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10.3 Regulating the Cell Cycle
Transcript of 10.3 Regulating the Cell Cycle
External regulators are proteins that respond to events outside the cell. They direct cells to speed up or slow down the cell cycle.
Growth factors are external regulators that stimulate the growth and division of cells. They are important during embryonic development and wound healing. Apoptosis is a process of programmed cell death. Cancer cells do not respond to the signals that regulate the growth of most cells. As a result, the cells divide uncontrollably. Cancer is a disorder in which body cells lose the ability to control cell growth.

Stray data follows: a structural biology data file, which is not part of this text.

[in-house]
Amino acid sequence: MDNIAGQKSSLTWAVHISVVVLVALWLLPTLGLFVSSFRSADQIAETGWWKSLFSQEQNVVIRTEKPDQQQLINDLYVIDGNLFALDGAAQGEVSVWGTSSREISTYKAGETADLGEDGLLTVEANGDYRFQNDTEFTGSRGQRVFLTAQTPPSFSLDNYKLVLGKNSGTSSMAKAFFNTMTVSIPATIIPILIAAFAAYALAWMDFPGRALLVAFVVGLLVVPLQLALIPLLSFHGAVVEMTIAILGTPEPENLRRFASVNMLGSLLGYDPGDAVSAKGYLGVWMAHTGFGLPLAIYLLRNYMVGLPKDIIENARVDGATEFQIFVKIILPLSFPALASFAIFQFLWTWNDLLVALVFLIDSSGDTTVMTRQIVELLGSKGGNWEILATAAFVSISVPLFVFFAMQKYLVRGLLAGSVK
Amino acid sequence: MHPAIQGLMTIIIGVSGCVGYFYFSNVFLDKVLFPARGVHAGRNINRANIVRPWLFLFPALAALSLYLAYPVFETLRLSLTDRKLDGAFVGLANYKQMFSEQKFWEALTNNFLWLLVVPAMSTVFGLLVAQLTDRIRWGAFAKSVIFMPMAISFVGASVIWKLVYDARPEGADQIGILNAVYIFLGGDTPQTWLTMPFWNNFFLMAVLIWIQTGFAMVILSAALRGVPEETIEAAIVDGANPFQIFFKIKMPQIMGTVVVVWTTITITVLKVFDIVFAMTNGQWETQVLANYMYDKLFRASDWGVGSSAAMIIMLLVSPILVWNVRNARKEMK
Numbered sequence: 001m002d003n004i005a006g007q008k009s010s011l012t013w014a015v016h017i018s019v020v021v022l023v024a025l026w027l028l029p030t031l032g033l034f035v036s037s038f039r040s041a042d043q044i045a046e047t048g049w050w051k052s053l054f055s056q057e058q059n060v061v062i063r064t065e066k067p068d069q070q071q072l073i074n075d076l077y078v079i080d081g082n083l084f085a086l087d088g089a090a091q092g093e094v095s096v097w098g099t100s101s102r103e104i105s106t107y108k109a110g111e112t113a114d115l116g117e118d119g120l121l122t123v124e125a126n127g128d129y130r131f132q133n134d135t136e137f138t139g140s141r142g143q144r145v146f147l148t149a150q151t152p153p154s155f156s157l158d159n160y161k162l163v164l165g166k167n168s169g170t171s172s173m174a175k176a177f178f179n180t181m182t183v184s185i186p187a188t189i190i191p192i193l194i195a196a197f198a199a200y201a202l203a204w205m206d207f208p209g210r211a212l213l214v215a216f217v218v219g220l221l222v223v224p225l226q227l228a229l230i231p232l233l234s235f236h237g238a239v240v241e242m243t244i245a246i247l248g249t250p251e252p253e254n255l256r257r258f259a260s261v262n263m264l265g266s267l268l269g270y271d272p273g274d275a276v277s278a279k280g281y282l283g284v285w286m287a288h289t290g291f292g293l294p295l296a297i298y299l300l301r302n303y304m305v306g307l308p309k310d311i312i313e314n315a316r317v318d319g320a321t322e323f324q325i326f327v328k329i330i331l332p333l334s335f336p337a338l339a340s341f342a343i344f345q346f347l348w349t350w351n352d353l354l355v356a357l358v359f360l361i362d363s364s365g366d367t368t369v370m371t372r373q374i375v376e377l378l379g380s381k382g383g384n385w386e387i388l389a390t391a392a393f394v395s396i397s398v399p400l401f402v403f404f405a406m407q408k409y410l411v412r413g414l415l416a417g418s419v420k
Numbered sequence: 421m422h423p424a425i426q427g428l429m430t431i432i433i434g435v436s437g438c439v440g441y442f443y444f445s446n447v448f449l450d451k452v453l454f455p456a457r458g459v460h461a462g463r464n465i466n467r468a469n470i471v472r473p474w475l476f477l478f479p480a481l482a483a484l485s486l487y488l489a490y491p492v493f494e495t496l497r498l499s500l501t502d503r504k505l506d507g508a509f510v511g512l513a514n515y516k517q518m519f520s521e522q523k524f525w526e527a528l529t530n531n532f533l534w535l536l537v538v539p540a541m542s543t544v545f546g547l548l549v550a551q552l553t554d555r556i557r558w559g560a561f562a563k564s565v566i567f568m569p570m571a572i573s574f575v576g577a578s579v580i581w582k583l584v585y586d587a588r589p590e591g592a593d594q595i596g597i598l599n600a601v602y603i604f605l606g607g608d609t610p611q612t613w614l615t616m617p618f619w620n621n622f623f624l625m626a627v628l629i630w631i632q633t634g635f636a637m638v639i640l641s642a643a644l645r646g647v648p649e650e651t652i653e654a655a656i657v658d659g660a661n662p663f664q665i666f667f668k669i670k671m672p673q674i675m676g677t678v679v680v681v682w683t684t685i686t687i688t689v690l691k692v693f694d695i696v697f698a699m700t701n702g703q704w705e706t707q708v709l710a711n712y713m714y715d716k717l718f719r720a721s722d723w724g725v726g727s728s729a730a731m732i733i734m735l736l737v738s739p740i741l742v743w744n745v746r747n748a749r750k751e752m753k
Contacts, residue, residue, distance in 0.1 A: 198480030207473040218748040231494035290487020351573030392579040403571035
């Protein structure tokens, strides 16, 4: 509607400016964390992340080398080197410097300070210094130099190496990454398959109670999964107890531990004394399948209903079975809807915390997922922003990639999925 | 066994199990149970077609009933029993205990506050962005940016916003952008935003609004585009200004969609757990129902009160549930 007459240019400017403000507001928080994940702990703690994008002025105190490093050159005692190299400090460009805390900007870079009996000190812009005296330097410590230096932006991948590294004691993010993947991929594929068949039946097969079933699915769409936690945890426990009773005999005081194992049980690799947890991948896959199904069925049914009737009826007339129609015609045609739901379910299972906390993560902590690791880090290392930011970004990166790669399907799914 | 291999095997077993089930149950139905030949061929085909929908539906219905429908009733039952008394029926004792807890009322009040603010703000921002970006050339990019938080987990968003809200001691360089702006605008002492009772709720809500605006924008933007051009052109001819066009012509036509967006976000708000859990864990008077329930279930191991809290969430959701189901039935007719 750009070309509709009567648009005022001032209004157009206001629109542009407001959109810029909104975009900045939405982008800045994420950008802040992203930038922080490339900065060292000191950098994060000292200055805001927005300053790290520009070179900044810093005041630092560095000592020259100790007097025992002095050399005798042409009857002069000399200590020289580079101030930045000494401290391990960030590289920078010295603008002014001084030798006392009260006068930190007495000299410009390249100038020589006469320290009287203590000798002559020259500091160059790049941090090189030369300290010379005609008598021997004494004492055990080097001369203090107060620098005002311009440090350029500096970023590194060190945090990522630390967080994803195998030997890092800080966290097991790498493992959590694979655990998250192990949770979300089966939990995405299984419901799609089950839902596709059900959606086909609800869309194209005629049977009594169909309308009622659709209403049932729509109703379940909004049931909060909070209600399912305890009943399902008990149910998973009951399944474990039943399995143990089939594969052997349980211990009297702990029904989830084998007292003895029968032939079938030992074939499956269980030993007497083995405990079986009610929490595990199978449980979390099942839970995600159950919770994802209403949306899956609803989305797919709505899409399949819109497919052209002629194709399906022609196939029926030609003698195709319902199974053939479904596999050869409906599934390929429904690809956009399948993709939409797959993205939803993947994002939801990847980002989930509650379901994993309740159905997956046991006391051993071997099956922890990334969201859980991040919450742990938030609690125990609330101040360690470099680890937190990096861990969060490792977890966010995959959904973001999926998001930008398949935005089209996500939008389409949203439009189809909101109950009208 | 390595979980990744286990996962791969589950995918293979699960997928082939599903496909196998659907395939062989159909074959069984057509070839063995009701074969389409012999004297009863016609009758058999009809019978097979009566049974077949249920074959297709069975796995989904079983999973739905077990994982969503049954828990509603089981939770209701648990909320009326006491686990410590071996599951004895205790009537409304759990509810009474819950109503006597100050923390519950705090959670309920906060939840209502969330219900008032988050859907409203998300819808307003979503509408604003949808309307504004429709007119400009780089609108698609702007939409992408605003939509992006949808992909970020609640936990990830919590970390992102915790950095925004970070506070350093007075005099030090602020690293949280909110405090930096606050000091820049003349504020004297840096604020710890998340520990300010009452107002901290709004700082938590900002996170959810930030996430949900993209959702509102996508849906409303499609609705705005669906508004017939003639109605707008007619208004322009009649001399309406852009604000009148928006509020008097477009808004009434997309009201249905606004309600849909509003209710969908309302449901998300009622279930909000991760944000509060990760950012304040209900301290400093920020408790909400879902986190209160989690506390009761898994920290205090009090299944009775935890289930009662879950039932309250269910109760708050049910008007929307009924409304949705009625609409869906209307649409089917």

Cancer cells divide uncontrollably to form a mass of cells called a tumor. A benign tumor is noncancerous. It does not spread to surrounding healthy tissue.
A malignant tumor is cancerous. It invades and destroys surrounding healthy tissue and can spread to other parts of the body.
The spread of cancer cells is called metastasis. Cancer cells absorb nutrients needed by other cells, block nerve connections, and prevent organs from functioning. A damaged or defective p53 gene is common in cancer cells. It causes cells to lose the information needed to respond to growth signals. Cancers are caused by defects in genes that regulate cell growth and division. Some sources of gene defects are smoking tobacco, radiation exposure, defective genes, and viral infection. Some localized tumors can be removed by surgery.
Many tumors can be treated with targeted radiation.
Chemotherapy is the use of compounds that kill or slow the growth of cancer cells. Treatment